MPs divided over reconsideration of sexual offenses Bill

sexual offenses Bill

By URN

Across section of MPs on the Legal and Parliamentary Affairs Committee, have expressed reservation on the recently returned Sexual Offences Bill, 2019.

Last week, the Deputy Speaker, Anita Among asked the committee to reconsider the bill following its return by President Yoweri Museveni.

In his letter to the Speaker, Museveni pointed out that several offences regarding morality are provided for under the Penal Code Act.
 The President also noted that although the Uganda Law Reform Commission started a comprehensive review of all criminal related laws and presented proposed amendments to the Legal and Parliamentary Affairs Committee of Parliament through the Justice and Constitutional Affairs Minister parliament didn’t consider them. 

Museveni also argued that instead of making piecemeal amendments, the Uganda Law Reform Commission should be given an opportunity to review all the criminal laws and propose comprehensive amendments for parliament’s consideration. 

However as the committee convened on Wednesday to start reconsidering the Bill, some MPs questioned why the President failed to return the Bill within the 30 days provided for under the Constitution.

They argued that any review of the Bill would attract constitutional battles.  

Dokolo South MP, Felix Okot Ogong raised the same concern during the plenary. Ibrahim Ssemujju Nganda, the Kira Municipality MP, said the committee has no mandate to reconsider the Bill since the timeframe within which it should have been returned had elapsed.  

The Deputy Speaker, Anita Among asked the Committee to advise the House on the way forward. In her response, the Legal and Parliamentary Affairs Committee Chairperson Robinah Rwakoojo said that constitutional challenges about the Bill could be sorted by the General Counsel of Parliament. 
She said that there is no need for the committee to stop the Attorney General and Uganda Law Reform Commission from presenting their views on the Bill.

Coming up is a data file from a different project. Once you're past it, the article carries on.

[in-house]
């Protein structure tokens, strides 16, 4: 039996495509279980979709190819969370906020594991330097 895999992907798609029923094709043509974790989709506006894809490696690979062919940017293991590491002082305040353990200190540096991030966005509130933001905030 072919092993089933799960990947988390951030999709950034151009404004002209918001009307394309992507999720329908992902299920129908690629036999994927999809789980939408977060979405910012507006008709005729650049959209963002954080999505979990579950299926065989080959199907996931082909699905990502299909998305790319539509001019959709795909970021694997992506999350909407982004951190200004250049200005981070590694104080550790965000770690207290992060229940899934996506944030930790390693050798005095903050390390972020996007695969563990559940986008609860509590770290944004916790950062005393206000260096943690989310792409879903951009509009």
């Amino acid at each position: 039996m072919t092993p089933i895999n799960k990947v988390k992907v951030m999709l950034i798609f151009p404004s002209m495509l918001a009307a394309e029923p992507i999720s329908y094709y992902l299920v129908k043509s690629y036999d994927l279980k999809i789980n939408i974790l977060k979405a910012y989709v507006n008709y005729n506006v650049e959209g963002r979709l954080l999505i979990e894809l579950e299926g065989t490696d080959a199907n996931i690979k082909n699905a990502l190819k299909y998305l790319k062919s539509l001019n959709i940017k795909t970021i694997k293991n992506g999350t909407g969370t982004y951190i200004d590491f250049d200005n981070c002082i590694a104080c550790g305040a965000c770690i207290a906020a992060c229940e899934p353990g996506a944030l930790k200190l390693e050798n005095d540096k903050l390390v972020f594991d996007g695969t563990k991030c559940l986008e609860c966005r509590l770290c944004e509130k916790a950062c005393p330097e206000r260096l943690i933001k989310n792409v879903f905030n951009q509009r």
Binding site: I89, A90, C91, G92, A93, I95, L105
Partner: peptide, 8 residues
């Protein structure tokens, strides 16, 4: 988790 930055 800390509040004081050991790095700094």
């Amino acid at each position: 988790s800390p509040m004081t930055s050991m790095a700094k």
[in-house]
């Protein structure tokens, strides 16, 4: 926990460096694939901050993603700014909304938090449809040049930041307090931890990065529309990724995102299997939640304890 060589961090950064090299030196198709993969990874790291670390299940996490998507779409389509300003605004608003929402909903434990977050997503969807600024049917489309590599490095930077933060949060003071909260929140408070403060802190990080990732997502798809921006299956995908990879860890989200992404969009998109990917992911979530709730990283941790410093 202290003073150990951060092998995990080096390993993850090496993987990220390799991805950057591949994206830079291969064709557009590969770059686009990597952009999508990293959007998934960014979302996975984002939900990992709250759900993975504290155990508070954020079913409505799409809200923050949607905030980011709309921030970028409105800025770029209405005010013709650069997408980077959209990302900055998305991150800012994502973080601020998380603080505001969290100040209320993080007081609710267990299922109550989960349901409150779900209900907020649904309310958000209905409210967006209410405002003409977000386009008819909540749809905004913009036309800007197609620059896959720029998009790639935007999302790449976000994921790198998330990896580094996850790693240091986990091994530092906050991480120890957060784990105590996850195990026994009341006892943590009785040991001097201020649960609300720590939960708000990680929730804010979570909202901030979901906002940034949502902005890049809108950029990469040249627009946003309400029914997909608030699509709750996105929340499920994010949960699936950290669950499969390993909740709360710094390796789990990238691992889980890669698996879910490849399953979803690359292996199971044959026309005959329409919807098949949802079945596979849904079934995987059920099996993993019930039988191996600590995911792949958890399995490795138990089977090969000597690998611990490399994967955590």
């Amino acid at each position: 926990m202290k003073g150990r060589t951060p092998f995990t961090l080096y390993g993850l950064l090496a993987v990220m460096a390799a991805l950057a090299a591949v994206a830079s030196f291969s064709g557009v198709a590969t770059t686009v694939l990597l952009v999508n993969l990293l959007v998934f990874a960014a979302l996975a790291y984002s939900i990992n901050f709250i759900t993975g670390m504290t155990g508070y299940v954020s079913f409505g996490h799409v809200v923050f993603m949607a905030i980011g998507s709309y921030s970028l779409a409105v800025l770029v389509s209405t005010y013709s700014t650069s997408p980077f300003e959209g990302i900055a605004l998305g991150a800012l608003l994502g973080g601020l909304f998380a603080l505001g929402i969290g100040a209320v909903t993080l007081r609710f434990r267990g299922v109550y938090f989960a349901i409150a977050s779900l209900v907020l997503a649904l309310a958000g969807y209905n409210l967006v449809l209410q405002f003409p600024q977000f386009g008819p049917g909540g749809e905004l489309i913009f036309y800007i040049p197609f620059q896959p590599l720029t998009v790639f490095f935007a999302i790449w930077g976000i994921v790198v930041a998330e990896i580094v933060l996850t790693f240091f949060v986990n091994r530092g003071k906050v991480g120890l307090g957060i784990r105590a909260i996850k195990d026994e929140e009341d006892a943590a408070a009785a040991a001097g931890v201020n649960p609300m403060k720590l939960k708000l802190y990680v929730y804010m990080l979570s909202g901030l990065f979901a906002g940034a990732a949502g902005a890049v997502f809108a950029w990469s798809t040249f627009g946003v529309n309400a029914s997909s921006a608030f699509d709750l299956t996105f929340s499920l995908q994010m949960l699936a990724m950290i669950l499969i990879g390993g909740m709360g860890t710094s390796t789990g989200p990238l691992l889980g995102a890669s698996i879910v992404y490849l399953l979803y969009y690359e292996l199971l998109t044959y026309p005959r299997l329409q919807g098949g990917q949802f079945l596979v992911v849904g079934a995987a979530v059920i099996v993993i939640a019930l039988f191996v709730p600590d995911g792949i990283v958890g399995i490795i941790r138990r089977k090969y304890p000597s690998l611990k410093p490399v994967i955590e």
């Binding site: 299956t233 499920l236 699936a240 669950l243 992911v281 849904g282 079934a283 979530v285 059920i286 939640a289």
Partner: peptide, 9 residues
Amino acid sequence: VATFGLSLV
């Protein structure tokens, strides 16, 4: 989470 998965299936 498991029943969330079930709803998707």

However, Ssemujju said that any attempt to process the Bill again would be futile and wastage of parliament’s time and resources.
Asuman Basalirwa, the Bugiri Municipality MP also noted that the President has for long been putting the House in a tricky position by returning Bills after the set 30 days.  
 He also blamed the Attorney General for not reminding the President on some of the constitutional dates.

Rwakoojo instead attacked Ssemujju for acting like Ogong’s spokesperson that raised the issue on the floor of parliament.
But Ssemujju maintained that the Committee had to deal with the constitutional matter first. Kiryowa Kiwanuka, the Attorney General, tasked MPs to present evidence indicating that the President returned the Bill after the expiration of the 30 days.

The MPs rejected the Attorney General’s argument, saying that their internal processes are not in the public domain and therefore cannot be relied upon. This forced Rwakoojo to defer reconsideration of the Bill.
Tabled by the former Kumi Woman MP, Monica Amoding, and approved by the 10th last parliament in May this year, the Bill seeks to criminalize a range of practices such as indecent utterances, gestures and touches to the sexual organs of another person.

It stipulates that a person who performs a sexual act with another person without their consent is liable on conviction, to imprisonment for life.  
The Bill also creates an offence for a person who transmits, transfers, sends, forwards, directs material of a sexual nature to another without their consent.

The framers of the law argued that whereas the Penal Code provides for a number of sexual offences, the provisions were outdated and did not reflect the evolving trends in social attitudes, values, and sexual practices.
They argued that the courts find a challenge in dealing with new forms of sexual violence and exploitation such as sex tourism, indecent communication, and child marriages among others.
However, President Yoweri Museveni said that the draft has a collection of provisions that are already provided for in other pieces of legislation.

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